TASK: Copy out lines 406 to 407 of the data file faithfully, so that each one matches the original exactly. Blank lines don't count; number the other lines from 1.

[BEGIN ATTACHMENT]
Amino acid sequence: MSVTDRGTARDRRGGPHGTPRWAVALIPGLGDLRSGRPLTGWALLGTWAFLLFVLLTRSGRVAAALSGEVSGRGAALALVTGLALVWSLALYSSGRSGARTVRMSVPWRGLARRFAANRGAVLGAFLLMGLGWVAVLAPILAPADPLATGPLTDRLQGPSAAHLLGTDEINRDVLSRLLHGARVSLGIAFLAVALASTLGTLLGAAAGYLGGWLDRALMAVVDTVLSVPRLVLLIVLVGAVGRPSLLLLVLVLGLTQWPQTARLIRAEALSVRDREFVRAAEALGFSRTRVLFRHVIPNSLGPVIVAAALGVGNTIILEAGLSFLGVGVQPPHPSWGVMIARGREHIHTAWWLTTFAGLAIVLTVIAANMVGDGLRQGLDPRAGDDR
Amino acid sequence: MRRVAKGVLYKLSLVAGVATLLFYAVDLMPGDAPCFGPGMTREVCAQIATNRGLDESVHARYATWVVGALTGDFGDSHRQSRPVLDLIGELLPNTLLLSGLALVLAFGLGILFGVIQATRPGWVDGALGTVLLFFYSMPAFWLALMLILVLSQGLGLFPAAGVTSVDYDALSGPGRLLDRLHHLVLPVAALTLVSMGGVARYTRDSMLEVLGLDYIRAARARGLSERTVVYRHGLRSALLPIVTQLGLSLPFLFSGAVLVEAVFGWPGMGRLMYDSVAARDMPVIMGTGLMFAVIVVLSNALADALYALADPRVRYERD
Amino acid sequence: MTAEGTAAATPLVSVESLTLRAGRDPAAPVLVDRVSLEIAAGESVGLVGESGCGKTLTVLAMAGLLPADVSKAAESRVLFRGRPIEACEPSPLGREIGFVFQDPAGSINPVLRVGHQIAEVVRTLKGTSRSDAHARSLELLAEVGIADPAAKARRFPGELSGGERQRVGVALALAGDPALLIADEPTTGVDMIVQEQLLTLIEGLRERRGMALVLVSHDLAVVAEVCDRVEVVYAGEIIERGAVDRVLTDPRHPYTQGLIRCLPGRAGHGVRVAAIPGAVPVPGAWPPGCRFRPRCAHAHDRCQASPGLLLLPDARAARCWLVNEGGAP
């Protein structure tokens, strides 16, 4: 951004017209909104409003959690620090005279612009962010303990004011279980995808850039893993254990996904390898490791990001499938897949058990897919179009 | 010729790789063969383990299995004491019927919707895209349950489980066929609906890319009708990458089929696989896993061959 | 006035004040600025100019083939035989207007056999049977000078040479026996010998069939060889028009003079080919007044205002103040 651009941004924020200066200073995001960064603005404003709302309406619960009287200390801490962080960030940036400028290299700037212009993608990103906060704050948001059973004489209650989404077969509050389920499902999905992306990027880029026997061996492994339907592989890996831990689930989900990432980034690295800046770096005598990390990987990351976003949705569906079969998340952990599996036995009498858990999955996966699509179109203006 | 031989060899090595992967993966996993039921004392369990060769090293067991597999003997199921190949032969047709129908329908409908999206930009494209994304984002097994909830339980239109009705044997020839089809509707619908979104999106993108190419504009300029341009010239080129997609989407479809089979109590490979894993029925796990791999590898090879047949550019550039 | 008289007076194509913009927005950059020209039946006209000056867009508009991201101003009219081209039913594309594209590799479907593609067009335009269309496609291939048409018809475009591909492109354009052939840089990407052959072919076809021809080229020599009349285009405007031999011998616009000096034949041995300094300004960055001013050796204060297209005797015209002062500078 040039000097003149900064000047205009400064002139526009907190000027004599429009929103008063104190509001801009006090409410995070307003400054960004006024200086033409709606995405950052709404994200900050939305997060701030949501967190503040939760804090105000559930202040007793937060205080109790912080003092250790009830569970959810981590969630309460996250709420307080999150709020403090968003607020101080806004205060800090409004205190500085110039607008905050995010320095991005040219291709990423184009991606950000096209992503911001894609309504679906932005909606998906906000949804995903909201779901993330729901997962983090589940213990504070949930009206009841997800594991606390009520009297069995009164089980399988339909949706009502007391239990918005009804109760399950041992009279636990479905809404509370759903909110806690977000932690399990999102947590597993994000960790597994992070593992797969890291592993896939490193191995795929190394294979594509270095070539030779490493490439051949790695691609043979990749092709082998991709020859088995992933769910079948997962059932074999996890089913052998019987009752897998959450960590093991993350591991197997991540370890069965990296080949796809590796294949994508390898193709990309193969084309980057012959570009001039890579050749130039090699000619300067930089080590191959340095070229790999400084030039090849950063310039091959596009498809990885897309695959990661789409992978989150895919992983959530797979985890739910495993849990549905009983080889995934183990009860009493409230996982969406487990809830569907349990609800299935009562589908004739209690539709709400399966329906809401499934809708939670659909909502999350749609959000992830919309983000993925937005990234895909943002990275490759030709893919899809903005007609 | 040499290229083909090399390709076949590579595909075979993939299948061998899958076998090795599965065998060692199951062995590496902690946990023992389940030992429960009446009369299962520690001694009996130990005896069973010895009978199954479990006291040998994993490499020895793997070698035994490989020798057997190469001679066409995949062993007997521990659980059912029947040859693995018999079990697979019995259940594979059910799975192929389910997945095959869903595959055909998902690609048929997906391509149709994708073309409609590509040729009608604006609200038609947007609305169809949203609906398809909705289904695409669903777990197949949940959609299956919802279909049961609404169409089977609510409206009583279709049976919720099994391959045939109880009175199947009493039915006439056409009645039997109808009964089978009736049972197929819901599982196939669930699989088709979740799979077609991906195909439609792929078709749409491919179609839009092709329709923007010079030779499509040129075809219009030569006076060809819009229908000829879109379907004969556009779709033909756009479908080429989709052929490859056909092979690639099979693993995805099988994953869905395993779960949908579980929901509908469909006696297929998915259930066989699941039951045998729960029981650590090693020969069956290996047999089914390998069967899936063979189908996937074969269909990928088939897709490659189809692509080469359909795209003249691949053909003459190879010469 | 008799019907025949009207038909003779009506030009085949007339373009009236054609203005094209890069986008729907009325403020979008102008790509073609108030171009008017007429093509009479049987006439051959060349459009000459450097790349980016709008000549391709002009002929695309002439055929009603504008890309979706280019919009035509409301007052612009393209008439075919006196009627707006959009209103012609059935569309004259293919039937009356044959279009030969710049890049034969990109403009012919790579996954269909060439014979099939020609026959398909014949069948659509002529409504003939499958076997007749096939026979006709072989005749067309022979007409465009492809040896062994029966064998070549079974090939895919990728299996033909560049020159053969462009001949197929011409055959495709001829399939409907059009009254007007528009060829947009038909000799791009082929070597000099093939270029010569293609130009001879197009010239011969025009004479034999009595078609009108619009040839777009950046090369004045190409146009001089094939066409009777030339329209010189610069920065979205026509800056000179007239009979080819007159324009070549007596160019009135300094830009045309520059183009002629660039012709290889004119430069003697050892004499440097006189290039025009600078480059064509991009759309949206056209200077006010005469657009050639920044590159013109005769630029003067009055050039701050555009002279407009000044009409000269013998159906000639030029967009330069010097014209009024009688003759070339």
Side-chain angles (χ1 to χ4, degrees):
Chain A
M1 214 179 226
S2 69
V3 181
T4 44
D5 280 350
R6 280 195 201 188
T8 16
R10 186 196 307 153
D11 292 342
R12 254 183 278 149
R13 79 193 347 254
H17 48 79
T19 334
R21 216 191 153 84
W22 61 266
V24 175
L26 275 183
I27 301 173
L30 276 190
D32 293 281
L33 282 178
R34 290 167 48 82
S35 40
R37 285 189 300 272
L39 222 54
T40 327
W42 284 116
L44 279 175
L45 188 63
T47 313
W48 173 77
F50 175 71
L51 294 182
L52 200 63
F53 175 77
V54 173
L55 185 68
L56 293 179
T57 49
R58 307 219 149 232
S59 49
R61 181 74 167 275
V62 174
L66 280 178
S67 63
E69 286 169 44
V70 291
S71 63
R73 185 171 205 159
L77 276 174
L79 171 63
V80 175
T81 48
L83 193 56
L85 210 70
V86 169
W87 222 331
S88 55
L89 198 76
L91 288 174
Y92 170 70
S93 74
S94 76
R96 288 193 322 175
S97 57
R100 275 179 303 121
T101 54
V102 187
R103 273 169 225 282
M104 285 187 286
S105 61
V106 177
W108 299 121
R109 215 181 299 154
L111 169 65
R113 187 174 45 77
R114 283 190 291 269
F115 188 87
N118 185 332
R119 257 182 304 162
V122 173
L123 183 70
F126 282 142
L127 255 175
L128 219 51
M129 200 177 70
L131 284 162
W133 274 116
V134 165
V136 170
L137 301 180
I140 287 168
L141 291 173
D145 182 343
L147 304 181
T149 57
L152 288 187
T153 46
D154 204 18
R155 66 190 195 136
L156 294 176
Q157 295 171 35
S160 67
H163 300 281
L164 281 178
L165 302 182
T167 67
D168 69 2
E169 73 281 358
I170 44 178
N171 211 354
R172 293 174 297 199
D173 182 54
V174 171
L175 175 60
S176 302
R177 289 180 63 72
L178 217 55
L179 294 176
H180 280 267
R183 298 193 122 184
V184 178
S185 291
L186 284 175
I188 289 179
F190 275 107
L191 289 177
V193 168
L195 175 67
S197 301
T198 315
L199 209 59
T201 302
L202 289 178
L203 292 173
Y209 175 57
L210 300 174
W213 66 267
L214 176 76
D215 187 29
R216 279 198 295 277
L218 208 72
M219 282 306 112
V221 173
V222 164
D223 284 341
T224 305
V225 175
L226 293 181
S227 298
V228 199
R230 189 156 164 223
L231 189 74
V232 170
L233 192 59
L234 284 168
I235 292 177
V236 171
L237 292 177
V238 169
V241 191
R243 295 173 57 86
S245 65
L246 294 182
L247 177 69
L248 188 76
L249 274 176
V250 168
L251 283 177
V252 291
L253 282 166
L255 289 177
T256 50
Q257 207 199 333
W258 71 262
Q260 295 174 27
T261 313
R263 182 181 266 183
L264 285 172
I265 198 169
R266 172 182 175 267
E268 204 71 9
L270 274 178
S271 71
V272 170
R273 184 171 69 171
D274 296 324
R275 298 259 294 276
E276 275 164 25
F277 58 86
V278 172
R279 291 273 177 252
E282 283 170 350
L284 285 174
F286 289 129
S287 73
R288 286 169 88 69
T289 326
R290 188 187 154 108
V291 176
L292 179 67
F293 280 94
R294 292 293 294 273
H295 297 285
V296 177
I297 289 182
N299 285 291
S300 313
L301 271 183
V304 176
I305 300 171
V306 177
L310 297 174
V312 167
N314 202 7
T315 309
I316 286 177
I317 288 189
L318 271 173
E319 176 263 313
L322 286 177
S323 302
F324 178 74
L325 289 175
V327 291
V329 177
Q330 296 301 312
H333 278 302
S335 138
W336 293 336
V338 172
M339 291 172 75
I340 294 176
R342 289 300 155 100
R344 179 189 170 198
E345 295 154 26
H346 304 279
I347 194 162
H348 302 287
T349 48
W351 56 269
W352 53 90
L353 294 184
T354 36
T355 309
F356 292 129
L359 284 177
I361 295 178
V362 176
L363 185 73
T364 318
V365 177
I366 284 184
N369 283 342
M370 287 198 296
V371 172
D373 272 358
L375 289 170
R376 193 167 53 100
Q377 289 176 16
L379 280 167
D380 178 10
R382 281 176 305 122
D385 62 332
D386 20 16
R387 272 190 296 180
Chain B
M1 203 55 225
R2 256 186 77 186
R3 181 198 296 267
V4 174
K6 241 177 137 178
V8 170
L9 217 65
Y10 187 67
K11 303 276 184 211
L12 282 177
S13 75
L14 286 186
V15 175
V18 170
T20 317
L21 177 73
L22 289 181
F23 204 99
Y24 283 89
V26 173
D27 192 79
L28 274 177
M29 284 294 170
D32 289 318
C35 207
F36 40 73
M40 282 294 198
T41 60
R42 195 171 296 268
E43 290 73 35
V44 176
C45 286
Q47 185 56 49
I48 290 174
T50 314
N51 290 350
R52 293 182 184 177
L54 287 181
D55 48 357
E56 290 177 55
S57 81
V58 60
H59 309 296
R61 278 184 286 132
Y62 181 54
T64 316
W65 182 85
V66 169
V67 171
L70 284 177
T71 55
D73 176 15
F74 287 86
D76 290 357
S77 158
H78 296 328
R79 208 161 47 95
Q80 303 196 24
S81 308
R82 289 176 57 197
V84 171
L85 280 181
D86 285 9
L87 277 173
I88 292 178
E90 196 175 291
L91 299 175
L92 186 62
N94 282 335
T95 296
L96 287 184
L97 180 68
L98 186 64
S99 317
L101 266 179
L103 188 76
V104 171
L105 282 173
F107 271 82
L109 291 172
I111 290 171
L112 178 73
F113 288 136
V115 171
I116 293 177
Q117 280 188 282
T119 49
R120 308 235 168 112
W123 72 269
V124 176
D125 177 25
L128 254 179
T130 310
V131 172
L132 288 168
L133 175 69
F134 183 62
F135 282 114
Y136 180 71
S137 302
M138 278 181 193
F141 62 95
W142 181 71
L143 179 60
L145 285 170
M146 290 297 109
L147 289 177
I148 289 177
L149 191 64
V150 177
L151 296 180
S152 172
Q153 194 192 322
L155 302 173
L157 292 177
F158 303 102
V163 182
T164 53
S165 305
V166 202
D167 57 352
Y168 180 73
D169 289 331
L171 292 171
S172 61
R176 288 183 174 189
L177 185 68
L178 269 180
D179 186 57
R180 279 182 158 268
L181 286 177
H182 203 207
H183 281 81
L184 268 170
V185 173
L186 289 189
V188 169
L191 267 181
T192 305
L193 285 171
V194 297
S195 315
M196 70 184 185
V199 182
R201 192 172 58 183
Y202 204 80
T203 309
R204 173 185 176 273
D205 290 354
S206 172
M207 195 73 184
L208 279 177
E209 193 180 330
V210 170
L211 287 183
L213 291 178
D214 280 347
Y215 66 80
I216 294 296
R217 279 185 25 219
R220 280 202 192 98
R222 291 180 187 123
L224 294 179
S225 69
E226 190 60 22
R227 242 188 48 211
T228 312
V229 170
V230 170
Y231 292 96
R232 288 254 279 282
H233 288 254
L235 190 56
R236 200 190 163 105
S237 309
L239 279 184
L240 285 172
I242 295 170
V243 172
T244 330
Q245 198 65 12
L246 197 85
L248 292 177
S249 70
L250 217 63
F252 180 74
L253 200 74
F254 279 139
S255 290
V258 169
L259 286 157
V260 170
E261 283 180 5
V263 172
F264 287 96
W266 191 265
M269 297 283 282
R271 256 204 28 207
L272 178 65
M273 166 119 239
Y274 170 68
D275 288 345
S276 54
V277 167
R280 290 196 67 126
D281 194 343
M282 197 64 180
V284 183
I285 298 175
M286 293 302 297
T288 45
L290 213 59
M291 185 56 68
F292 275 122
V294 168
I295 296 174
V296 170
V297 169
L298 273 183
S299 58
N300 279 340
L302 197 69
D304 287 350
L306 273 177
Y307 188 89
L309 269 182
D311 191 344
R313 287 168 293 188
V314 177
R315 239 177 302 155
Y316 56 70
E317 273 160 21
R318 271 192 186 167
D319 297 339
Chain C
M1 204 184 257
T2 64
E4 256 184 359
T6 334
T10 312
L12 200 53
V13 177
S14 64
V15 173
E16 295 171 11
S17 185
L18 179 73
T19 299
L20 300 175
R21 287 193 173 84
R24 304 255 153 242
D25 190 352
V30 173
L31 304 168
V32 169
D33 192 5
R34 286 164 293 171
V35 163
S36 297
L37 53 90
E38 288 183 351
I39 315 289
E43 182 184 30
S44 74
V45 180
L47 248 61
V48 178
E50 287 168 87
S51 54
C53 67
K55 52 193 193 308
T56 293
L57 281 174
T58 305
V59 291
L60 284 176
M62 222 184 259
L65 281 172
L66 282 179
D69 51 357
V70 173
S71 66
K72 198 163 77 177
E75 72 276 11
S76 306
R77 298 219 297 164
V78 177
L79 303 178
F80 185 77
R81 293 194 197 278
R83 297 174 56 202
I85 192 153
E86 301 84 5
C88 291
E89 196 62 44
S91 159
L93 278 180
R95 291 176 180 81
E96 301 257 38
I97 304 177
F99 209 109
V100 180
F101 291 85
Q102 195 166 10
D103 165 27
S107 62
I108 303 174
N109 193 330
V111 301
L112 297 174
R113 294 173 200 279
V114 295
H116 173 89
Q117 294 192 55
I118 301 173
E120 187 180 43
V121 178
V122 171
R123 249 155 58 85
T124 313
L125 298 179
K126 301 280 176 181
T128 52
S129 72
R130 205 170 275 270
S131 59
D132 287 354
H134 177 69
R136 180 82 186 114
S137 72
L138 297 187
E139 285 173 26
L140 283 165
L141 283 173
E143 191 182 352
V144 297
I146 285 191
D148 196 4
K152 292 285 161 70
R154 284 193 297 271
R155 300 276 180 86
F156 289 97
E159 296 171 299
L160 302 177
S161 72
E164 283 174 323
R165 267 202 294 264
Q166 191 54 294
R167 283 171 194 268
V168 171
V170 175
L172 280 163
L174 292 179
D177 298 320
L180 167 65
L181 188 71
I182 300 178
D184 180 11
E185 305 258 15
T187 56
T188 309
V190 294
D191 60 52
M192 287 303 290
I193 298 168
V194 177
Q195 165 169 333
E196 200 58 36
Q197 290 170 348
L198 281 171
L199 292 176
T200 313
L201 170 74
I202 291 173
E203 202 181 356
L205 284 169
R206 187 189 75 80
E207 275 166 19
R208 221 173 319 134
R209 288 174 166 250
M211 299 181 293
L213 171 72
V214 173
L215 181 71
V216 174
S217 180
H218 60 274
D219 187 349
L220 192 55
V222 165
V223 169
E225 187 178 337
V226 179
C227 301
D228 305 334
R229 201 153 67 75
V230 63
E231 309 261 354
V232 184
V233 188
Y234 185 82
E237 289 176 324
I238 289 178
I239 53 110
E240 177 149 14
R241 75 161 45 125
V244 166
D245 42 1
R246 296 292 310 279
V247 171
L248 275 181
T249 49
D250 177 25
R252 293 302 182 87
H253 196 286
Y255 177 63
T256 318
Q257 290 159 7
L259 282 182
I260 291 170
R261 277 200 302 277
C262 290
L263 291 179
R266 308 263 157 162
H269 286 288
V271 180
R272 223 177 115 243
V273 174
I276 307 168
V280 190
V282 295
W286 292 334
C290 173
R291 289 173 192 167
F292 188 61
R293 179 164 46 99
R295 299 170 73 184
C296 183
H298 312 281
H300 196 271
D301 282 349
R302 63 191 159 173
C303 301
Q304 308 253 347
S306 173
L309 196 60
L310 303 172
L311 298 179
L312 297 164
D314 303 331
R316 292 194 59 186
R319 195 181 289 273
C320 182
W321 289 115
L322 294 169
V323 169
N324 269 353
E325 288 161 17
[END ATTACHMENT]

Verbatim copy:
H183 281 81
L184 268 170